The New International Encyclopædia/Kephir

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The New International Encyclopædia
Kephir
Edition of 1905. See also Kefir on Wikipedia, and the disclaimer.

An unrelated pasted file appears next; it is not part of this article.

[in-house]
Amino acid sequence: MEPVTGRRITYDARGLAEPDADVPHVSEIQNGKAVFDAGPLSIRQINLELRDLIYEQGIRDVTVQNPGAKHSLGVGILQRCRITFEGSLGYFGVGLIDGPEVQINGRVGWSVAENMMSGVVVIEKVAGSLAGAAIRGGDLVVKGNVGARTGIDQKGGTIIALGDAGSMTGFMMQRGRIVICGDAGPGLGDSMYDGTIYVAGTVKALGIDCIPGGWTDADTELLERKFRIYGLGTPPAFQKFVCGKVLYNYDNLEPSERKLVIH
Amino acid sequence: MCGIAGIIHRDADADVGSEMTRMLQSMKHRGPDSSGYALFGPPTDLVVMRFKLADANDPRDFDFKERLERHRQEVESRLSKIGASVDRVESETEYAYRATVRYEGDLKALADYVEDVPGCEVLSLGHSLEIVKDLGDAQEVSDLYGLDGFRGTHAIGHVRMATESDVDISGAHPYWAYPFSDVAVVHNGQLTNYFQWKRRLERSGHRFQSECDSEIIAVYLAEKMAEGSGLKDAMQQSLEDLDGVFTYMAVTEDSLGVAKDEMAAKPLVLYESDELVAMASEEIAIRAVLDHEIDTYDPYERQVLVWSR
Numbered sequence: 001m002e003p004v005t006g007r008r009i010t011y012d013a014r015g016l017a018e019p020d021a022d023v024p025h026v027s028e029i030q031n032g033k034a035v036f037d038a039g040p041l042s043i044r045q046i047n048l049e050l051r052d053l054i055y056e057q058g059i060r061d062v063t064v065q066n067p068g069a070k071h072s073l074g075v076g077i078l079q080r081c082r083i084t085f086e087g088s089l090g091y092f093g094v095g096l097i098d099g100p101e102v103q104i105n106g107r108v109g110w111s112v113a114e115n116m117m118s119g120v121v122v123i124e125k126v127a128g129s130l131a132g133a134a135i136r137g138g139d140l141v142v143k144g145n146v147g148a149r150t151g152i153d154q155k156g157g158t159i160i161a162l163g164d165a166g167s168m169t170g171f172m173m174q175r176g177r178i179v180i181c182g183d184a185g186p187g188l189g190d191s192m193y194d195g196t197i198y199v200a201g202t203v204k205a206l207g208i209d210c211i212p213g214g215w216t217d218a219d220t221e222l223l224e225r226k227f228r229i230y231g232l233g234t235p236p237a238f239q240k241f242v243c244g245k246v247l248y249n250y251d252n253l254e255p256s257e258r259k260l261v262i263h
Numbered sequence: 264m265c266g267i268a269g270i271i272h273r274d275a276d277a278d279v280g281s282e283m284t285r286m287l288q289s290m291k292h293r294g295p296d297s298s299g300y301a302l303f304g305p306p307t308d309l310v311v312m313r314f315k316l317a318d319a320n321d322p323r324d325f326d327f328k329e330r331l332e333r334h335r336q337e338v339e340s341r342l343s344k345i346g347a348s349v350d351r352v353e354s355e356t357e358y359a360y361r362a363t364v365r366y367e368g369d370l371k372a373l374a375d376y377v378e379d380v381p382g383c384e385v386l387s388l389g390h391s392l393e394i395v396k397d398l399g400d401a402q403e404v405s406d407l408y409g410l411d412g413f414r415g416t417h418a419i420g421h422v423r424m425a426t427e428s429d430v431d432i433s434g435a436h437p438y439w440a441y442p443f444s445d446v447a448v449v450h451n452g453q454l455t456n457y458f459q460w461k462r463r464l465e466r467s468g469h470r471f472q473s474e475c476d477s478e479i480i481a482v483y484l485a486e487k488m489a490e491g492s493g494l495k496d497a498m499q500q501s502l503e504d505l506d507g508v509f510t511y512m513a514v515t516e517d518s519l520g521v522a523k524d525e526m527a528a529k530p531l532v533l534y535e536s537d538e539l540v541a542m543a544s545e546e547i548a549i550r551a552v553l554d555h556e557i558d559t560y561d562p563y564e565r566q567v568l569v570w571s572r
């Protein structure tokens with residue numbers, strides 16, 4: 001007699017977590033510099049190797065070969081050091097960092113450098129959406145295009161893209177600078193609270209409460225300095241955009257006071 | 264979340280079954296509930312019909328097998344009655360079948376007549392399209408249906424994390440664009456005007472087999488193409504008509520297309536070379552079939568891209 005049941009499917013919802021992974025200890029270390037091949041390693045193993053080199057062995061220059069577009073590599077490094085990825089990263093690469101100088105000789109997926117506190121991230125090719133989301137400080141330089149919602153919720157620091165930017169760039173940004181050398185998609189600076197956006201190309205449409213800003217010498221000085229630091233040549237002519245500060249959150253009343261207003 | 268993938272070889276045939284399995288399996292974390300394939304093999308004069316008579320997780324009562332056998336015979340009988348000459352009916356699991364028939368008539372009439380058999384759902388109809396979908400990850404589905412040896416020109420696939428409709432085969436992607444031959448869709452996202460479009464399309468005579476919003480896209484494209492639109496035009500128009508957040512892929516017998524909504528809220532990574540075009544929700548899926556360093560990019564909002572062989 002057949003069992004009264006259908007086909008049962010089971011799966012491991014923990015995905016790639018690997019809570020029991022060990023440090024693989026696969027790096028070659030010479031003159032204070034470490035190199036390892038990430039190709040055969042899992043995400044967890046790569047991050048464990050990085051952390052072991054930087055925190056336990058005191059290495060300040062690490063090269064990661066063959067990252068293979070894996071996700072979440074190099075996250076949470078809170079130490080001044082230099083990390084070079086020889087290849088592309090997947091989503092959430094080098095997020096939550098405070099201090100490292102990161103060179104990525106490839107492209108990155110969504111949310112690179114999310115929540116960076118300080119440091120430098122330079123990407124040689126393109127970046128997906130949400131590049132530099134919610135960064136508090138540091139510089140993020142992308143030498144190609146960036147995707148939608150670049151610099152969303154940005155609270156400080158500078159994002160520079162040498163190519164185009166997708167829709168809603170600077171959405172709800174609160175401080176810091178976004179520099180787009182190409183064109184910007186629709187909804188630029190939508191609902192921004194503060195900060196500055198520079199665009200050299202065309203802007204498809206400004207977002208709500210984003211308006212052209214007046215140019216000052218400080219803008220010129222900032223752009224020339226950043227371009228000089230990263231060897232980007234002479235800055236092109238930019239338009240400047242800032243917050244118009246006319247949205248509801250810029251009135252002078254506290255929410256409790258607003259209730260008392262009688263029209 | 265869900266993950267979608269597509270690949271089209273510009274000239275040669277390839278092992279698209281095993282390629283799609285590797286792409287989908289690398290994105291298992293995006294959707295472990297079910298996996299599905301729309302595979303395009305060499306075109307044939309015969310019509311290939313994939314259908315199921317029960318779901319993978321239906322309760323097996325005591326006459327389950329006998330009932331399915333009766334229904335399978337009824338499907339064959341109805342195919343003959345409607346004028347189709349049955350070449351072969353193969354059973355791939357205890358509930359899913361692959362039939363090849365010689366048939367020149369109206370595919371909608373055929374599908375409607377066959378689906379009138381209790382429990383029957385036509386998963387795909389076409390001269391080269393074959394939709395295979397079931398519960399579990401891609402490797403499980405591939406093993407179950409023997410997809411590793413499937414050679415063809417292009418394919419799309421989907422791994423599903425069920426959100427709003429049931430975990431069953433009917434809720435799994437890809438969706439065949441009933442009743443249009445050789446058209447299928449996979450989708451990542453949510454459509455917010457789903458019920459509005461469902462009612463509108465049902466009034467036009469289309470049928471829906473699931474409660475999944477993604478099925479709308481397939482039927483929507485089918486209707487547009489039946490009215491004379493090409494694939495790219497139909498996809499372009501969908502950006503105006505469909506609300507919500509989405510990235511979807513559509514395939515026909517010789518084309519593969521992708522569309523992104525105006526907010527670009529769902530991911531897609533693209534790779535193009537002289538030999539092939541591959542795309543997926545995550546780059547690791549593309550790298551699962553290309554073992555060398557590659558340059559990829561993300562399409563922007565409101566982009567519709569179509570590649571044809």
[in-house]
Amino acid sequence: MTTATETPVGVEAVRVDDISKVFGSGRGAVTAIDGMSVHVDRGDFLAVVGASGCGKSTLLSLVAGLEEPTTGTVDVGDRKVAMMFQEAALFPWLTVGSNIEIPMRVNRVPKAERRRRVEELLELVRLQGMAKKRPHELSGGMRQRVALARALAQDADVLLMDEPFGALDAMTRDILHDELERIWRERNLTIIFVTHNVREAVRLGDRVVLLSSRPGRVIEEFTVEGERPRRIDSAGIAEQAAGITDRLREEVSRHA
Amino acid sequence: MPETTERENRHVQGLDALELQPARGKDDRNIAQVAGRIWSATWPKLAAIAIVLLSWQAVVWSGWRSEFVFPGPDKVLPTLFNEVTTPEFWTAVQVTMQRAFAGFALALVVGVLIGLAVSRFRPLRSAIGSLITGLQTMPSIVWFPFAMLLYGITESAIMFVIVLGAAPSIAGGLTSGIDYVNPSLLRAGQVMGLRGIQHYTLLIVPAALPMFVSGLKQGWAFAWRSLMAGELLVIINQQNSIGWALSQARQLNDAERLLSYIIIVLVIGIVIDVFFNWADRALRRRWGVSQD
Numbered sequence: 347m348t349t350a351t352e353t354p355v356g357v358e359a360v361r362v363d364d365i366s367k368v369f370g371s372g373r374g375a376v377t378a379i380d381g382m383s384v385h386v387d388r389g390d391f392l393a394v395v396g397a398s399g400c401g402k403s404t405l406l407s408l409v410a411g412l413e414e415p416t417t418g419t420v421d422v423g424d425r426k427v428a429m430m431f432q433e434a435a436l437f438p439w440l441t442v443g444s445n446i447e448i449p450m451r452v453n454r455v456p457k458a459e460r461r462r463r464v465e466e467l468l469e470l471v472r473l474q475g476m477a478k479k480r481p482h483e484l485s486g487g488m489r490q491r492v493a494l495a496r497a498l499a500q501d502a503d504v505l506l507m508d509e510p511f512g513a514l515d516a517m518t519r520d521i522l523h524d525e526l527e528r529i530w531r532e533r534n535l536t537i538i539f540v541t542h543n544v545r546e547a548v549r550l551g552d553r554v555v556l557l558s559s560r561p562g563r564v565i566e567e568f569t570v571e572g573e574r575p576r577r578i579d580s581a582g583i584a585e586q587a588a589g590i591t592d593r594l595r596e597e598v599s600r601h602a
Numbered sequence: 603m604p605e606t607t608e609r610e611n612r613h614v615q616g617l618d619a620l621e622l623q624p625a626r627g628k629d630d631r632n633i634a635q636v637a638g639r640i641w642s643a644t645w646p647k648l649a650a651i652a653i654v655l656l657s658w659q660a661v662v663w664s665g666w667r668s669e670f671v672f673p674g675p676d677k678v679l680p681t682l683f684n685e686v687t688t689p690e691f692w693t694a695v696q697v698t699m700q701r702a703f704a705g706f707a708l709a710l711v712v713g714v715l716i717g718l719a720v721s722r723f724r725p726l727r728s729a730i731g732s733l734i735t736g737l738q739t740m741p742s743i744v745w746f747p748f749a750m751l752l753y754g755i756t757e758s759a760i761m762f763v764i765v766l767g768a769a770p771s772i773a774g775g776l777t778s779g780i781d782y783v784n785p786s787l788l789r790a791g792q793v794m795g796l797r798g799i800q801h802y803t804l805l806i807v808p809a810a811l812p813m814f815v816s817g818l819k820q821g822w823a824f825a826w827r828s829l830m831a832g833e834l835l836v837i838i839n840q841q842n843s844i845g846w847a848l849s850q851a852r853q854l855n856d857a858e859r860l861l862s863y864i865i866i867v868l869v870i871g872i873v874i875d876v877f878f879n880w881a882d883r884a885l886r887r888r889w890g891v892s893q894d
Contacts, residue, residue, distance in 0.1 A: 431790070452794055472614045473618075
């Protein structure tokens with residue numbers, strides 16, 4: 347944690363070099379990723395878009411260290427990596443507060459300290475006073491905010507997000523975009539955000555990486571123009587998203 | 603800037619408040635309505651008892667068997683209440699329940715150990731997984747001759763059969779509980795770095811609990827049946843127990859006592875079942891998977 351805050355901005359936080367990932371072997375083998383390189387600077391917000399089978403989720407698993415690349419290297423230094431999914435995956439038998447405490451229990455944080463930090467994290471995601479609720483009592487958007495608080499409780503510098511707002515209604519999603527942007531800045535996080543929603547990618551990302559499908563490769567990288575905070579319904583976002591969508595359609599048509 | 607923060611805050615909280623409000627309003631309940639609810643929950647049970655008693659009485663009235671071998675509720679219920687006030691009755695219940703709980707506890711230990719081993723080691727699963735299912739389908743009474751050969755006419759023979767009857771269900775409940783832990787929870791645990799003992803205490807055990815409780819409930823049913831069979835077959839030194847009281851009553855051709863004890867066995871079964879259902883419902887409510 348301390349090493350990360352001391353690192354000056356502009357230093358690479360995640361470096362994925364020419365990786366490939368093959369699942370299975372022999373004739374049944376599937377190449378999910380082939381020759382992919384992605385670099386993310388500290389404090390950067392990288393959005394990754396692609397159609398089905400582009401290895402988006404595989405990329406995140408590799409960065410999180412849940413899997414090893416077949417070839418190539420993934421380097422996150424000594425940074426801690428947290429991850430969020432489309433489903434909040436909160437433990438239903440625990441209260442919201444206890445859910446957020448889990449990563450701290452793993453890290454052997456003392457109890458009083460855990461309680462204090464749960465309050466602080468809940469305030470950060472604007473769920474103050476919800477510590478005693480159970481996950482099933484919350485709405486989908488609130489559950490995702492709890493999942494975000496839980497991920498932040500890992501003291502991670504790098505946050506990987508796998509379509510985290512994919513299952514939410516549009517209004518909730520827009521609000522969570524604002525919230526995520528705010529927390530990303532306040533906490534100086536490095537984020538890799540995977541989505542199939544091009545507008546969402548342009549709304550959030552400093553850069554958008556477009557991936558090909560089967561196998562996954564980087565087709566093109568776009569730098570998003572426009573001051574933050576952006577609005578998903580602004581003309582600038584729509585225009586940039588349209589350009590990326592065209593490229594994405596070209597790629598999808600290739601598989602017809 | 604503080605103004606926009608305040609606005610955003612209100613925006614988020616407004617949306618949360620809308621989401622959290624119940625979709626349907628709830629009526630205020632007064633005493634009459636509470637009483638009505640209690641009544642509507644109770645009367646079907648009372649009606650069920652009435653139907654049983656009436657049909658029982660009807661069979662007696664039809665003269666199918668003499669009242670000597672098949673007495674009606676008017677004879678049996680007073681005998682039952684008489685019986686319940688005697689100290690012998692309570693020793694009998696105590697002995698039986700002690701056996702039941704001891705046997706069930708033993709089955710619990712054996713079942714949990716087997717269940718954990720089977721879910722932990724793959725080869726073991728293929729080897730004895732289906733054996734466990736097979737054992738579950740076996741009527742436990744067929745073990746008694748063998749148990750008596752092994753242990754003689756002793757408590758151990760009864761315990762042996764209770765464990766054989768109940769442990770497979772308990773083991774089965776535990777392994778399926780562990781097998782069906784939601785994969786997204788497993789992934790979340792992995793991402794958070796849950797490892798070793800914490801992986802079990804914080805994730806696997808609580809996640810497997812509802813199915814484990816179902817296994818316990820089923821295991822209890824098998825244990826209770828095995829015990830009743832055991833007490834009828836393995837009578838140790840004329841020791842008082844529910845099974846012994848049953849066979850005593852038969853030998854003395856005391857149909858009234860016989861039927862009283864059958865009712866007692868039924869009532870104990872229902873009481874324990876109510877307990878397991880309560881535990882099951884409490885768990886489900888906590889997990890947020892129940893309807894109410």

KEPHIR, or KEFIR, kĕf'ẽr (Caucasian, from Turk. kaif, delight). A fermented beverage made from milk, and similar to koumiss (q.v.). It is made in the Caucasus, and has been introduced into Europe and America, where it is prescribed for invalids. In the United States cow's milk alone is commonly used, although a mixture of milk and buttermilk is sometimes employed. The true kephir fermentation is induced by kephir grains, which are hard, yellowish aggregations about the size of a pea, and contain several yeasts and a number of different forms of bacteria. At the proper temperature the fermentation is completed in two or three days. Frequent shaking prevents the rising of the cream and later the formation of lumps of curd. A part of the milk-sugar is broken up into alcohol, carbonic-acid gas, and lactic acid; but the casein is apparently not changed as it is in the case of koumiss. Good kephir should be effervescent. It contains about 0.75 per cent. of alcohol and 1 per cent. of lactic acid, together with the constituents of normal milk in slightly diminished proportions.